This week marked the 10th anniversary of Twitter. In a fairly upbeat blog post Stephen Waddington chief engagement officer at Ketchum gave 10 reasons to wish Twitter a happy 10th birthday. Fellow blogger and IBM senior business consultant Neville Hobson, who has been on Twitter for most of these 10 years, assesses the platform and explains why he’ll be keeping up his activity on the social networking site.
In a post on your blog you talk about the metamorphosis of Twitter, how do you view the social networking site in 2016?
Twitter is a dynamic communication tool. For the past decade, it has enabled people to connect, share information and knowledge, collaborate, and more, wherever they are with a connection to a network. It represents all that’s good in human relationships along with much that’s not quite so good. Just like real life.
While I do not believe Twitter is a lost cause – I joined it in 2006 and I’m still actively there – I can see why some people do take that view. Indeed, the cartoon by Brad Colbow included in my blog post on March 14, and around which I made my remarks, is central to that view, portraying an unattractive behavioural environment that will resonate with some people as it mirrors their reality of their Twitter experience – a place hijacked by vested interests and spammers which is in danger of becoming irrelevant.
In recent years Twitter has failed to grow its user base. What needs to change for Twitter to become relevant again?
It depends on your perspective. As a private user, you might want to see Twitter be a place like it was when it started – a place for like-minded friends to connect and share news and things of common interest, as Brad Colbow’s cartoon clearly portrays.
If you find Twitter today as a place that doesn’t work for you, you can leave and look for some other place. Or, as I suggested in my post, create a private Twitter environment for talk and engagement with people you choose to engage with. That latter suggestion is definitely one way to make Twitter relevant to you.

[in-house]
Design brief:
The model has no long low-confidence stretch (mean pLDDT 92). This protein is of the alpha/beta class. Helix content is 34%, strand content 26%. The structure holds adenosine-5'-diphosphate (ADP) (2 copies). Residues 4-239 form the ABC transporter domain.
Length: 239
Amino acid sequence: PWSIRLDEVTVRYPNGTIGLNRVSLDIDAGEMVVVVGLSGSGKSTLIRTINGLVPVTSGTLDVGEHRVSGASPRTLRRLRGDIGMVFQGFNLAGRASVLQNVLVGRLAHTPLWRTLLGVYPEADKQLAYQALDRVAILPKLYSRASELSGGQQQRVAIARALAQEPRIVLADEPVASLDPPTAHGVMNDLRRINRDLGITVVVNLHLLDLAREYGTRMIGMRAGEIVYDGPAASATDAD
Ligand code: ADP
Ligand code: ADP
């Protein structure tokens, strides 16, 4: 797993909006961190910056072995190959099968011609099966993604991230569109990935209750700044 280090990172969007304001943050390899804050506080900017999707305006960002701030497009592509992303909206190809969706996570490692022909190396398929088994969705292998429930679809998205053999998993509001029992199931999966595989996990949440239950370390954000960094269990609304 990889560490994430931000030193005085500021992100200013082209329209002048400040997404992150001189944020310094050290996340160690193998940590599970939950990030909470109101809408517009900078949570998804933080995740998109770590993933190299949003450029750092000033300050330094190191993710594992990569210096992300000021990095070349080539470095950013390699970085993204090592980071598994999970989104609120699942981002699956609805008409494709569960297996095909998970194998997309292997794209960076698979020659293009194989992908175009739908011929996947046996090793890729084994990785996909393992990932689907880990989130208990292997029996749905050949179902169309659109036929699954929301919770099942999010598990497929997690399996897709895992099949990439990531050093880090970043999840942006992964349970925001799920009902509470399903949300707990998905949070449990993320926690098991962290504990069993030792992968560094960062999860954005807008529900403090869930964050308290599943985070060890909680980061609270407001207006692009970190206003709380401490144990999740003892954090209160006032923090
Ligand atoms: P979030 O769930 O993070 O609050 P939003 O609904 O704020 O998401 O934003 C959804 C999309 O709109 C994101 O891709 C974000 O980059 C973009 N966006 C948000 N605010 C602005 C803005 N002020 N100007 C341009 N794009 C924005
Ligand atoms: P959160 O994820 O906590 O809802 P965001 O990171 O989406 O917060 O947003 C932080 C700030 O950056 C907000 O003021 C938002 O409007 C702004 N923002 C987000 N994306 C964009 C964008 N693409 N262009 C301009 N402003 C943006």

If you’re a business user, Twitter’s relevance to you is most likely closely connected to how engaged you can be with people and vice versa. That largely comes down to your own behaviours – how you use the tool, what you say, what you share – as well as the behaviours of others. While you can’t speak for others, you certainly can set standards for your own behaviours, just as you do in the real world.
Considering the thoughts you expressed in your post do you think Twitter can still be a useful tool for PRs and marketers?
Undoubtedly. You would consider Twitter from a PR and marketing perspective just as you would any other method of connecting and engaging with other people. Once you’ve established your clear and measurable objective – how will Twitter help you achieve that measurable objective? – it becomes a simple matter of choosing Twitter or not.
With Twitter celebrating its 10th anniversary, and what do you see as its future and the role it will play in PR and marketing?
Your own communication authenticity and openness will be a big factor in how successful you can be in a social network like Twitter, one that is evolving and changing in tandem with society itself.
Understanding behaviours, understanding those who you wish to engage with – watchwords for the future of Twitter for you.